A few stops along the number 12 tram route from the CBD of Melbourne, within the leafy surrounds of Albert Park, the Victorian Institute of Sport stands.
Housed within a refurbished 146-year-old red-brick grandstand, before which patrons once watched the 1901 Victorian Football League grand final, the VIS is an institution that is unmistakably Melburnian.
The Australian Grand Prix is run on the road circuit at the doors of the VIS from where the lights of the MCG are visible of an evening in one direction and the waters of Port Phillip Bay glisten in the other. South Melbourne FC, Ange Postecoglou’s spiritual football home, is a neighbour as is Melbourne’s Sports and Aquatic Centre which was one of the centrepieces of the 2006 Commonwealth Games.
As is often said, Melbourne and sport go together, something seemingly reinforced by the locality and purpose of the VIS.
It is certainly more accurate, though, to say that the VIS and Victoria go together.
Approximately a third of the 450-odd athletes who train out of the VIS are drawn from regional Victoria or areas just outside of the state.
From Hamilton in the far-west to Bright in the north and Lakes Entrance in the east, Victoria’s aspiring Olympians and Paralympians have access to the holistic suite of services that the VIS provides.
Moreover, VIS athletes routinely take their inspirational stories and elite performance lessons to regional Victoria through the Be Fit. Be well program which reaches more than 20,000 school students each year. 52 per cent of all Be Fit. Be Well presentations in 2022, for example, were delivered in regional and country Victoria.
The VIS also supports the six Victorian Regional Academies of Sport who access the expertise of the VIS through regular visits to Albert Park.
Interestingly, there are clusters of athletes and sports in certain regions.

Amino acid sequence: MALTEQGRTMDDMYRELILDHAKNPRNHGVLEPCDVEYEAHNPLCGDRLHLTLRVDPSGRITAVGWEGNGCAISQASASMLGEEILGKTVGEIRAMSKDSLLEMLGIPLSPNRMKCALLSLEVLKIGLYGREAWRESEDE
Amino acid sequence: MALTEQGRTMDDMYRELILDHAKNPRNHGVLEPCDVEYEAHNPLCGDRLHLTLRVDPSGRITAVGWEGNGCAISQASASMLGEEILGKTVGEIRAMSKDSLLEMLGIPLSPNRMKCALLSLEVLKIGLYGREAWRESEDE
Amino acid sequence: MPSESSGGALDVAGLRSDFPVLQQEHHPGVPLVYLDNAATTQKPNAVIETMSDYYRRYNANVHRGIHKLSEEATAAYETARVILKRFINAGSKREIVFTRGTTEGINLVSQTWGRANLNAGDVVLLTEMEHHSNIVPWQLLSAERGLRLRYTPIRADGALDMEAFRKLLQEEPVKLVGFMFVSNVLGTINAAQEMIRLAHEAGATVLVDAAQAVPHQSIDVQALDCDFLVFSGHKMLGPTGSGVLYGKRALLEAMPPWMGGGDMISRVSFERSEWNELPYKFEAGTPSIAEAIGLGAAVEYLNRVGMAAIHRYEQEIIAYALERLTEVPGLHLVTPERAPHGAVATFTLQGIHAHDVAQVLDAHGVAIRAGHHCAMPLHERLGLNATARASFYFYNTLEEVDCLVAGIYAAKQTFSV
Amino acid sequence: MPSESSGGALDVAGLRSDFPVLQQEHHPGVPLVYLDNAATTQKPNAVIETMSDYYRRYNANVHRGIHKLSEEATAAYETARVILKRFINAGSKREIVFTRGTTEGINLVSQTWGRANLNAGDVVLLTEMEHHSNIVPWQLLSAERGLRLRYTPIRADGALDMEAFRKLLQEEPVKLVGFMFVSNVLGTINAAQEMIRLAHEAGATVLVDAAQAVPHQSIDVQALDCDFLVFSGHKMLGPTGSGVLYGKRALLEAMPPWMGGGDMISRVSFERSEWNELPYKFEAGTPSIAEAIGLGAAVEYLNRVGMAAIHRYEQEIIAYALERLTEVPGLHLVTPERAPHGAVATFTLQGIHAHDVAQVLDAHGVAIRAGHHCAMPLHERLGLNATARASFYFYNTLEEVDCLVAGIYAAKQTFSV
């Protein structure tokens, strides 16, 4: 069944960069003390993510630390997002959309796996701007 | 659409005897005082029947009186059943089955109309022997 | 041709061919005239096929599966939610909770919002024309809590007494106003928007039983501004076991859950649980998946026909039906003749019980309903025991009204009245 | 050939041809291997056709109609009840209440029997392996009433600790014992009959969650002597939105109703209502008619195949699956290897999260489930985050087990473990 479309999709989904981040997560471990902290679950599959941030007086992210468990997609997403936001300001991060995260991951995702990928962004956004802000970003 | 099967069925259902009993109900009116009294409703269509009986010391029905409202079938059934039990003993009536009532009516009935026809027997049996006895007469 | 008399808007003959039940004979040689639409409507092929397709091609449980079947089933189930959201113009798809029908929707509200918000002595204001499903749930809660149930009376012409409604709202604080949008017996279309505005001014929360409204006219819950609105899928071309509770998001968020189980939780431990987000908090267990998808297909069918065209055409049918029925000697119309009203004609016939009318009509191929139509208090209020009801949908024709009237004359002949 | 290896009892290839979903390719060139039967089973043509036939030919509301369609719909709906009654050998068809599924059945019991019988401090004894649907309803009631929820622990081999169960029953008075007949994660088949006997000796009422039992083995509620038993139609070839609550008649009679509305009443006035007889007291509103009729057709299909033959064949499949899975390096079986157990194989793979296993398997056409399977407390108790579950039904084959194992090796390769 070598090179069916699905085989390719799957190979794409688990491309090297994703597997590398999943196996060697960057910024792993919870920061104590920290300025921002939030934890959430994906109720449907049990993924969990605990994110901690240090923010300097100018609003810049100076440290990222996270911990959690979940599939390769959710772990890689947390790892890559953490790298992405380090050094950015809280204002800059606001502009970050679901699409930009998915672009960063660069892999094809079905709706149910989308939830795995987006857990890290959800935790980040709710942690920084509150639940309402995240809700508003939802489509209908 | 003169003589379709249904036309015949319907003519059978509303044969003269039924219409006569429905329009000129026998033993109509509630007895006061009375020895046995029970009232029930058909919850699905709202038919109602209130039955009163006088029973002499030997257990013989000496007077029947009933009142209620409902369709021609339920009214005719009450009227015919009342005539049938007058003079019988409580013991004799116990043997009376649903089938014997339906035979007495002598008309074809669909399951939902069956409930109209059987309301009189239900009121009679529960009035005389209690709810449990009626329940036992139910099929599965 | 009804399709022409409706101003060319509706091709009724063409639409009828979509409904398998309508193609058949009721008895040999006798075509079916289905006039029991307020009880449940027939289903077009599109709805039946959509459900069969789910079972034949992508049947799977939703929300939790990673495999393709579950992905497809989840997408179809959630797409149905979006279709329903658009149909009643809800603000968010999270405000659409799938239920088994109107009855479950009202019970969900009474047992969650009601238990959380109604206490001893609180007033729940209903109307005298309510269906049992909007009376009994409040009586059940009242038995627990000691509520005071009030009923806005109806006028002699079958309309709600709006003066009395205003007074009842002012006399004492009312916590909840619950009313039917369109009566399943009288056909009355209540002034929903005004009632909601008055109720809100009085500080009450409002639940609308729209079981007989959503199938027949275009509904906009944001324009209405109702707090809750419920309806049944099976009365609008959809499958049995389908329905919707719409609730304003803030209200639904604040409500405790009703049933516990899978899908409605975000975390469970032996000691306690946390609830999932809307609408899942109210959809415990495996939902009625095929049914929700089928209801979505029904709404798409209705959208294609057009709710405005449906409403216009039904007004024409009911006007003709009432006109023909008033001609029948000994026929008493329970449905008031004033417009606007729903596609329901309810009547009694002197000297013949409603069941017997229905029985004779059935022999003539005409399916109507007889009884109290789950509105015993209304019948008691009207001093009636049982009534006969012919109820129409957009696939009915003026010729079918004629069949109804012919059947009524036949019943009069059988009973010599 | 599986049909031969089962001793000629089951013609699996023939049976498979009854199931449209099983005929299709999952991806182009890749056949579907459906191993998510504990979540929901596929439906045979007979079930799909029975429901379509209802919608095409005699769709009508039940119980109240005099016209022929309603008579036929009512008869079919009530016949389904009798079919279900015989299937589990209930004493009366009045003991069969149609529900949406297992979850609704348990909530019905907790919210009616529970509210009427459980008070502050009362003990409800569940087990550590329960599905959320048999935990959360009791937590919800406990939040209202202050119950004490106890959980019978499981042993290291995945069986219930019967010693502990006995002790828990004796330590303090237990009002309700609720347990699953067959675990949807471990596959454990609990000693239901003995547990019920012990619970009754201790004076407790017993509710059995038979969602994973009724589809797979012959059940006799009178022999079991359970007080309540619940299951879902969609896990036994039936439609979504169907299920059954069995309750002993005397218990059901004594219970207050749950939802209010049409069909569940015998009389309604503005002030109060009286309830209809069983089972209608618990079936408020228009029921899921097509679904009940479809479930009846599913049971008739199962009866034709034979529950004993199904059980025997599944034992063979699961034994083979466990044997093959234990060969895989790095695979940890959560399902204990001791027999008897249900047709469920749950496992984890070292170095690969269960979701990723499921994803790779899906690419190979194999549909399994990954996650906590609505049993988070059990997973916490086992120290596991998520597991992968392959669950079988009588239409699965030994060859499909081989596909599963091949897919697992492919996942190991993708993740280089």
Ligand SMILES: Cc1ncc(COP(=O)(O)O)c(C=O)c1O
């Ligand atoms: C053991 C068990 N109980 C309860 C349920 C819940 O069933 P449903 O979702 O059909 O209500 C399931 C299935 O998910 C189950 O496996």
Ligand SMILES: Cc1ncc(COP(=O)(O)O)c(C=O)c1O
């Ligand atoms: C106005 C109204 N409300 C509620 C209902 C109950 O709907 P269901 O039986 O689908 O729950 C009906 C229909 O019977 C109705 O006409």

It is no surprise that the surfers on scholarship are drawn from the coast – primarily the Surfcoast – or that the sailing contingent all hail from seaside communities.
Central Victoria and the Mansfield area in the north are cycling strong. There is a heavy representation from bowls in the central and western regions of the state.
In all, there are 48 VIS scholarship holders from western Victoria, 27 from central and northern Victoria and 31 from eastern Victoria, with near on 50 more from other parts of the country.
The area with the biggest representation is the southern metropolitan region of Melbourne, where many of the gymnastics cohort and sizeable percentages of the VIS rowing and sailing squads hail. Approximately 90 athletes are drawn from the region.
The statewide spread of VIS scholarship holders can be seen as a measure of the appetite for, and health of, sports across the state. At least in terms of participation.
There may be sports more or less popular in different areas, giving rise to sporting subcultures that build into strongholds, but sport in general remains democratic and of central importance from east to west and north to south.
And the VIS: it may be housed in Melbourne but is unmistakably Victorian.